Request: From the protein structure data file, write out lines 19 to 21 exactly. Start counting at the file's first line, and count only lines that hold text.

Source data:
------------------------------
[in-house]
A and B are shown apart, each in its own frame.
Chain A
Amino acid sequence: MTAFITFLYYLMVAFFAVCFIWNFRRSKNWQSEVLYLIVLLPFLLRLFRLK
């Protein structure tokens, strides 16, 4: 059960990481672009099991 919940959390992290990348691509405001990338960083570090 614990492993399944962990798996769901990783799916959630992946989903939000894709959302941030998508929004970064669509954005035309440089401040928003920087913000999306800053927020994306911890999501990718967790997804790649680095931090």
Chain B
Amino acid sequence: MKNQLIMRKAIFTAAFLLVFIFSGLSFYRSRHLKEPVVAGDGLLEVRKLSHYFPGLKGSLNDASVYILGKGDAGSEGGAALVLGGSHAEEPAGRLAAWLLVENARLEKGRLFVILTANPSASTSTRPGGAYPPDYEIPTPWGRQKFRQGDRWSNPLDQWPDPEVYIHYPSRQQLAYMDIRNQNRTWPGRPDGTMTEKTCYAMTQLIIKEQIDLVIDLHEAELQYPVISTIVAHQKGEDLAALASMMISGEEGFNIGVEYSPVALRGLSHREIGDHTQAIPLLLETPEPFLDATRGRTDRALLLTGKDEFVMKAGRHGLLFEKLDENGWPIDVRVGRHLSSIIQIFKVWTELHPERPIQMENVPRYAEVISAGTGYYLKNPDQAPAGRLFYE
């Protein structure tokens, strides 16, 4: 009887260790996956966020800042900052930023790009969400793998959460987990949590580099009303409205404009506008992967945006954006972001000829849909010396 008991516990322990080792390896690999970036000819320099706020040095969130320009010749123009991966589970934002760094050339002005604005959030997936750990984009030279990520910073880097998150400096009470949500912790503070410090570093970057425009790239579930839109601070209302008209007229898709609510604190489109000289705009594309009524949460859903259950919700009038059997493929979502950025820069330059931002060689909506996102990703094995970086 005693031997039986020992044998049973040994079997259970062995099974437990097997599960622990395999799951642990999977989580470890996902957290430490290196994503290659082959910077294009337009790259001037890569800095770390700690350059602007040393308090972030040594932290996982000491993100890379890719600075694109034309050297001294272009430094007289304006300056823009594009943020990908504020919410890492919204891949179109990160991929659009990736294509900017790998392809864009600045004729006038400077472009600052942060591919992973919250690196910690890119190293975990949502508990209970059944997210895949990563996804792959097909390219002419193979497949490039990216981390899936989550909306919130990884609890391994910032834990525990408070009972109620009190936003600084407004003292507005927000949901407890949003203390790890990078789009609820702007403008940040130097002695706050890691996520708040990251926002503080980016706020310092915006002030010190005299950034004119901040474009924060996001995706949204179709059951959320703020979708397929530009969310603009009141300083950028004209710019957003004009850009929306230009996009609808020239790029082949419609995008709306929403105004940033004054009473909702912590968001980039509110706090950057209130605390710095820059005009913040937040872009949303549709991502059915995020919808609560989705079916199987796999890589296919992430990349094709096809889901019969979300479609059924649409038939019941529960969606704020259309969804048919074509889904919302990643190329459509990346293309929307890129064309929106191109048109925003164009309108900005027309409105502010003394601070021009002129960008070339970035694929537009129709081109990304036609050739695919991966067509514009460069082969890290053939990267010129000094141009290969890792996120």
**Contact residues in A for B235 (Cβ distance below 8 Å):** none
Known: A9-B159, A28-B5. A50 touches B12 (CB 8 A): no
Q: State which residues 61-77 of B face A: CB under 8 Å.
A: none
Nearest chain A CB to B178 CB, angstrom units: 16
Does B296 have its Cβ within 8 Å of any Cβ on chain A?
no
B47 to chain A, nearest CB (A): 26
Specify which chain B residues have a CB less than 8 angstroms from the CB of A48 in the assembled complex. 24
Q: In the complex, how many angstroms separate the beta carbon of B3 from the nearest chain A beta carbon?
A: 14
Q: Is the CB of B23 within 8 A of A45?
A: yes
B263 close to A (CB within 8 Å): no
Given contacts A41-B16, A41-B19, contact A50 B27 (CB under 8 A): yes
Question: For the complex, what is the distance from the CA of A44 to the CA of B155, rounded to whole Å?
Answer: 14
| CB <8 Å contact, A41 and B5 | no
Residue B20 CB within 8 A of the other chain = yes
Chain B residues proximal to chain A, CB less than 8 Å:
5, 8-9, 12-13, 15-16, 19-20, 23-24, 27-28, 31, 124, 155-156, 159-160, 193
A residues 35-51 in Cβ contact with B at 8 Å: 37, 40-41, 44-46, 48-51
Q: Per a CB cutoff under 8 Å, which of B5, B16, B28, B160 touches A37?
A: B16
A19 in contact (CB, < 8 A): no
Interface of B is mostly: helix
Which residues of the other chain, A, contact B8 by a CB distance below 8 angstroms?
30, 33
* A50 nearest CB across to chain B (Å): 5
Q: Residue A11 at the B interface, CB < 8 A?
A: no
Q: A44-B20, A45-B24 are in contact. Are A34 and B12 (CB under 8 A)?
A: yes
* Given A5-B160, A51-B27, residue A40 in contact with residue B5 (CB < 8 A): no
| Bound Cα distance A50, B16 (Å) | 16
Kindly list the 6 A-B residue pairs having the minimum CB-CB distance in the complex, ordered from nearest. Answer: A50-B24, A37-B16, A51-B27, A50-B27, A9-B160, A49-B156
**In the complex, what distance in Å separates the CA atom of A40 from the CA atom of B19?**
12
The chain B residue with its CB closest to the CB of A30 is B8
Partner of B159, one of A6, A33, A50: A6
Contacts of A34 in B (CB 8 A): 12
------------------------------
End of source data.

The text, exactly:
A: 14
Q: Is the CB of B23 within 8 A of A45?
A: yes